Licensure is granted by the state, not by the University. In addition to satisfactory completion of the Lynch School of Education and Human Development's teacher education program, students must apply directly to the state for licensure and pass the Massachusetts Tests for Educator Licensure. The Director of Practicum Experiences, who also serves as the Lynch School of Education and Human Development's Certification Officer, guides students through this process.
At Boston College, teacher education is a rigorous pursuit and program requirements exceed the miniumum requirements for licensure set by the Massachusetts Department of Elementary and Secondary Education. Students must successfully complete all of the Boston College program requirements in order to earn endorsement and a recommendation for licensure with the state.
To be eligible for Initial licensure in Massachusetts, students must:
Effective January 2014, all students enrolled in teacher education licensure programs will earn the ESE endorsement for Sheltered English Immersion (SEI).
The SEI (Sheltered English Immersion) Endorsement is not a license. It is an acknowledgement that the teacher who earns it has successfully demonstrated the knowledge and teaching skills to teach English language learners in SEI classrooms. Every licensed in-service core academic teacher in public schools in Massachusetts (including charter schools and education collaboratives) with one or more ELLs in his or her classroom must participate in an ESE state-approved RETELL teacher course to earn the SEI Teacher Endorsement by July 2016.
Graduate students, with no prior teaching licenses, enter the Lynch School of Education and Human Development's teacher education program seeking initial licensure. Graduate students who are already licensed may seek an additional license at the initial level in a new field such as Special Education. Such students are required to complete a clinical experience in the new field. A pre-practicum may also be required. Upon successful completion of all courses and practicum requirements, graduate students earn endorsement for initial licensure in the appropriate field.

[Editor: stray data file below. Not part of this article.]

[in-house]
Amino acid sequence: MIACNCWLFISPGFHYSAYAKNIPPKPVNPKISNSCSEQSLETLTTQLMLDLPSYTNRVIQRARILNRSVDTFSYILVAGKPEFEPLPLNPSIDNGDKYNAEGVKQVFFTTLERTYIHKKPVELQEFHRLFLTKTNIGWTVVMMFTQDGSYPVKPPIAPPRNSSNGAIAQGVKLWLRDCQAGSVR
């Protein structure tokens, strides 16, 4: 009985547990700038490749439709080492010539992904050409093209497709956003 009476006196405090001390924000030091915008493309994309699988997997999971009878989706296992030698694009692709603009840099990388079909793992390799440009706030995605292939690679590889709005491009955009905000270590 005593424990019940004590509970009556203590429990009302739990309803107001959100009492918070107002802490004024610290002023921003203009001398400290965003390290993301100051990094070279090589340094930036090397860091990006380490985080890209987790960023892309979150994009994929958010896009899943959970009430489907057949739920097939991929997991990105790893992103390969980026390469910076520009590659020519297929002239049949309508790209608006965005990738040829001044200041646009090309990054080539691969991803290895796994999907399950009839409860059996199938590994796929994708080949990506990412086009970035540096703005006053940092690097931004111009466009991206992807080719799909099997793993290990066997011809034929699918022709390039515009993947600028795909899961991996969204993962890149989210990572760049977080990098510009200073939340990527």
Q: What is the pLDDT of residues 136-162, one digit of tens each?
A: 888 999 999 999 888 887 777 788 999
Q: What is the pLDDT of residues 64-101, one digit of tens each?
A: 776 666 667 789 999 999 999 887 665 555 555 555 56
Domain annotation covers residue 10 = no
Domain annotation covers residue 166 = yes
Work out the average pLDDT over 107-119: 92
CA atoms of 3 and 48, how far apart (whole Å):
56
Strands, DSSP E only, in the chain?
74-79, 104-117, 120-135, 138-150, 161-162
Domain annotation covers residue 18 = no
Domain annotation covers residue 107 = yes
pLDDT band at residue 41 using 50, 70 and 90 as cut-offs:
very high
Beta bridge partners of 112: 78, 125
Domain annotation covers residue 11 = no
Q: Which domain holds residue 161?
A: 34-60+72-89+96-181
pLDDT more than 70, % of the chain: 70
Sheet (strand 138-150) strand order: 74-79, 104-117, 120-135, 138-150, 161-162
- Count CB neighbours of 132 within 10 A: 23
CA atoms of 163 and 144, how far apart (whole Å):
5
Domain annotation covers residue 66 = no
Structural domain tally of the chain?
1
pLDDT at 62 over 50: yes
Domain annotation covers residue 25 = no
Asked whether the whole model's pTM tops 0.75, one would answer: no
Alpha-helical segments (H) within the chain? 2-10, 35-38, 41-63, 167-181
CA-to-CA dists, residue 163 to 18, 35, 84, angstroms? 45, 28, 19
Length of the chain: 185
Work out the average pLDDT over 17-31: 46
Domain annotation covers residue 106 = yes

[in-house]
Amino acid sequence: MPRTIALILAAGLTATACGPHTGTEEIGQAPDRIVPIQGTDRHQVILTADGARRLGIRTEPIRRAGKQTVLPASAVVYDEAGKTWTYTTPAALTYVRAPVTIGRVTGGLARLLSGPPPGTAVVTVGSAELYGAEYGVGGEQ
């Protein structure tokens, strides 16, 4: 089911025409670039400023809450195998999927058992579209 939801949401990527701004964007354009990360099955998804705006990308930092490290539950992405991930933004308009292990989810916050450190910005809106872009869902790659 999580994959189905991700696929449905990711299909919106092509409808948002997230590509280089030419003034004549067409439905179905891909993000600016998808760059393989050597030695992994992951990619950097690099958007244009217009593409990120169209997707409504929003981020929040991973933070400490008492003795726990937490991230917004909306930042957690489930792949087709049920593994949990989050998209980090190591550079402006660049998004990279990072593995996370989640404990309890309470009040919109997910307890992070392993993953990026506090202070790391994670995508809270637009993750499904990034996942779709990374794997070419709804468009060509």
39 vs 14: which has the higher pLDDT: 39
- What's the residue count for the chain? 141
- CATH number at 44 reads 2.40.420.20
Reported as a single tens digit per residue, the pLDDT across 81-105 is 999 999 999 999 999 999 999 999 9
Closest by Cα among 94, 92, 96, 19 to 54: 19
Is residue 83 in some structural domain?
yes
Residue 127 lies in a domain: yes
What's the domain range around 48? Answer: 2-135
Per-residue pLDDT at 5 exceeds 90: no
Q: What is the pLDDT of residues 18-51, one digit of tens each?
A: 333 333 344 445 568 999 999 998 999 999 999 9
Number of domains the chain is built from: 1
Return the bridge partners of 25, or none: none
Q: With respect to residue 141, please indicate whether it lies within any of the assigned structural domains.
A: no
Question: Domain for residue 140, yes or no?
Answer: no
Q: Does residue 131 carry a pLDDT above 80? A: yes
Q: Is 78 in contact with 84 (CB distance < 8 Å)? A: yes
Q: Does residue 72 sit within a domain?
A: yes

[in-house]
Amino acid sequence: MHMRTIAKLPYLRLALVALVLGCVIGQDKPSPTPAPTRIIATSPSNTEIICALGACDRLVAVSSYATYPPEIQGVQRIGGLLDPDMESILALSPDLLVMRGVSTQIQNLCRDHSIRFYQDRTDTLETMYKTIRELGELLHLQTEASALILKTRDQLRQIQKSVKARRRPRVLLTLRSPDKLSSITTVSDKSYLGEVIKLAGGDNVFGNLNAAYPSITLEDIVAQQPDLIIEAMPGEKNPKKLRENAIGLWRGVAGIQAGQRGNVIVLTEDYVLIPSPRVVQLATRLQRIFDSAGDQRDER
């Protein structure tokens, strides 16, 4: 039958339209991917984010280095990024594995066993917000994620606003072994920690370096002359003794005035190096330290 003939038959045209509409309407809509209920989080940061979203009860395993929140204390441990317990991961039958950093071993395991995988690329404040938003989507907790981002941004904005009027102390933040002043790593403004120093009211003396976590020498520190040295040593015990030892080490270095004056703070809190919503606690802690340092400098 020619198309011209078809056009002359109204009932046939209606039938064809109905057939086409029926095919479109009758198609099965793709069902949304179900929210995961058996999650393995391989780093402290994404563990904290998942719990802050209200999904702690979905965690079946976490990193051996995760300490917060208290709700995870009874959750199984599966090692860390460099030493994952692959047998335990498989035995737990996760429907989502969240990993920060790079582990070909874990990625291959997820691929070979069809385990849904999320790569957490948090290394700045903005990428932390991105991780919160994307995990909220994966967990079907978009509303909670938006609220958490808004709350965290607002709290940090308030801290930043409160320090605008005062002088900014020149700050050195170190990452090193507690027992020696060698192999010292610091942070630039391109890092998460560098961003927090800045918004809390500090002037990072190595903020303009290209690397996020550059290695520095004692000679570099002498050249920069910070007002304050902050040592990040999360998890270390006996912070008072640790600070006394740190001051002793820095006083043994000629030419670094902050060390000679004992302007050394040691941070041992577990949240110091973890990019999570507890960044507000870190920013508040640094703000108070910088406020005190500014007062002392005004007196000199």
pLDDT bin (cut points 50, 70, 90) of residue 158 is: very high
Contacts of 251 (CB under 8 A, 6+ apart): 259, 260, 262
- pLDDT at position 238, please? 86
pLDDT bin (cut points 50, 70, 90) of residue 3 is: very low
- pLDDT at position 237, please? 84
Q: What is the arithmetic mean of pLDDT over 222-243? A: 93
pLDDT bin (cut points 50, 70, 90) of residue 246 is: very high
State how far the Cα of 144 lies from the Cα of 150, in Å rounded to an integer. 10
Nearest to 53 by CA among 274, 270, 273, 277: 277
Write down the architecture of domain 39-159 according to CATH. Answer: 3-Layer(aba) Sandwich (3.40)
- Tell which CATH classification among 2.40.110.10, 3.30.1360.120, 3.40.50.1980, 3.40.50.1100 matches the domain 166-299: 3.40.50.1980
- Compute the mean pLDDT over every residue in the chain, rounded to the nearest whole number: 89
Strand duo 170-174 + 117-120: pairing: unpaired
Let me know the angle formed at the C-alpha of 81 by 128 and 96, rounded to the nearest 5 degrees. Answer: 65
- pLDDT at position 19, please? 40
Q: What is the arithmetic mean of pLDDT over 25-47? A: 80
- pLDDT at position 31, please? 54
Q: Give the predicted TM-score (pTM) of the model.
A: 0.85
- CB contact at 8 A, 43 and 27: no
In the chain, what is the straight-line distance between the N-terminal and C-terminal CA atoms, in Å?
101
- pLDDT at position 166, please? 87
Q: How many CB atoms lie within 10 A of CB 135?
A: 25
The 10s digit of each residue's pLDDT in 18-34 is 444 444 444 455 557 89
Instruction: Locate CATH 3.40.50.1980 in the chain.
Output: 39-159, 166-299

Upon successful completion of the Lynch School of Education and Human Development's teacher preparation program, students earn endorsement and recommendation for licensure in Massachusetts. Boston College shares reciprocity with most states across the country. Students are advised to consult directly with the Certification Officer for information about licensure requirements in other states. Students may be required to take specific state exams/assessments and/or the Praxis.
In 1998, the Massachusetts Department of Elementary and Secondary Education implemented the Massachusetts Tests for Educator Licensure (MTEL) for all educators seeking Pre-K to 12 academic licenses in the state. The MTEL is comprised of a skills test focused on communication and literacy as well a set of subject matter specific tests.
The Massachusetts Department of Elementary & Secondary Education outlines how the MTEL is connected to licensure in the state:
"As part of the current license requirements, candidates seeking a first Massachusetts Academic (PreK–12) license must achieve a passing score on both subtests of the Communication and Literacy Skills test AND any relevant Academic (PreK–12) subject matter test(s). The MTEL are the only tests that satisfy the communication and literacy skills and subject matter test requirements for a Massachusetts PreK–12 license."
"You may apply for an educator license at any time, before or after taking the MTEL. However, candidates seeking their first Massachusetts license must achieve a passing score on the Communication and Literacy Skills test before their license application can be reviewed" (MTEL, 2013).
To help students better understand the licensure process in Massachusetts, the Field Placement & Partnership Outreach Office developed a chart that outlines the Four Steps to Licensure and an overview of the required subject specific MTEL tests.
Students are encouraged to learn about the MTEL in advance and to get a "jump start" on the licensure process by visiting the official testing website. The official website contains the following essential information:
The Lynch School’s Office of Field Placement and Outreach may also be contacted for questions or additional information: